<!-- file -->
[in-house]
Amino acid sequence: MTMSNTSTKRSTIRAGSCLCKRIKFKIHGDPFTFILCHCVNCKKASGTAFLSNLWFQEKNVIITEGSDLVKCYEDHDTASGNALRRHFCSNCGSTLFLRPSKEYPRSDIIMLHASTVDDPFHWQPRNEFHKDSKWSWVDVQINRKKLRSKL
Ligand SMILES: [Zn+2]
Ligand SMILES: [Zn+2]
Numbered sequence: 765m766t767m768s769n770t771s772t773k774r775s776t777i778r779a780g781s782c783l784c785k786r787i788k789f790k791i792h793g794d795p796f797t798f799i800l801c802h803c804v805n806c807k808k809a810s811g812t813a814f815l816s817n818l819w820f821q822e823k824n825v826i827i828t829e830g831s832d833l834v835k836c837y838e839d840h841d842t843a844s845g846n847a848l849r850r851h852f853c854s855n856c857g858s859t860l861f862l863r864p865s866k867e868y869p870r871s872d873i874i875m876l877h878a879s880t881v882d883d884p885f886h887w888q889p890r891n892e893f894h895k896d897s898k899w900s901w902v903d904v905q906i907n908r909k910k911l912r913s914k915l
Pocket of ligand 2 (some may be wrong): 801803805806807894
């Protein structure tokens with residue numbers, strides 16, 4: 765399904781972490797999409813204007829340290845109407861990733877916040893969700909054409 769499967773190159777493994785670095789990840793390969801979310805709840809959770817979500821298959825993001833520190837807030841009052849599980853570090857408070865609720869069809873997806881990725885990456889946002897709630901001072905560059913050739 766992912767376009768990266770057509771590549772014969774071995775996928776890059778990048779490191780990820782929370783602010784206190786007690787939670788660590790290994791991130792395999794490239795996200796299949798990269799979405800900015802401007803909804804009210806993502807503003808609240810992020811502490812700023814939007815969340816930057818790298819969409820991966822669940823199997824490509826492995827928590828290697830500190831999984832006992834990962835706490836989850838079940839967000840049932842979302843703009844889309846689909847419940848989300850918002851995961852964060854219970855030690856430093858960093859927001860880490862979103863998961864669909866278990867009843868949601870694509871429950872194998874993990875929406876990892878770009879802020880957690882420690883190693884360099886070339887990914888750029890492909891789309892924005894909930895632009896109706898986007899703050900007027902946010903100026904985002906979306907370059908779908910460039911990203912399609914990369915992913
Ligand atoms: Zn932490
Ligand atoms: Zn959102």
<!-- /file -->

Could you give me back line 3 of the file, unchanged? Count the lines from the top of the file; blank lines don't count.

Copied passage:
Ligand SMILES: [Zn+2]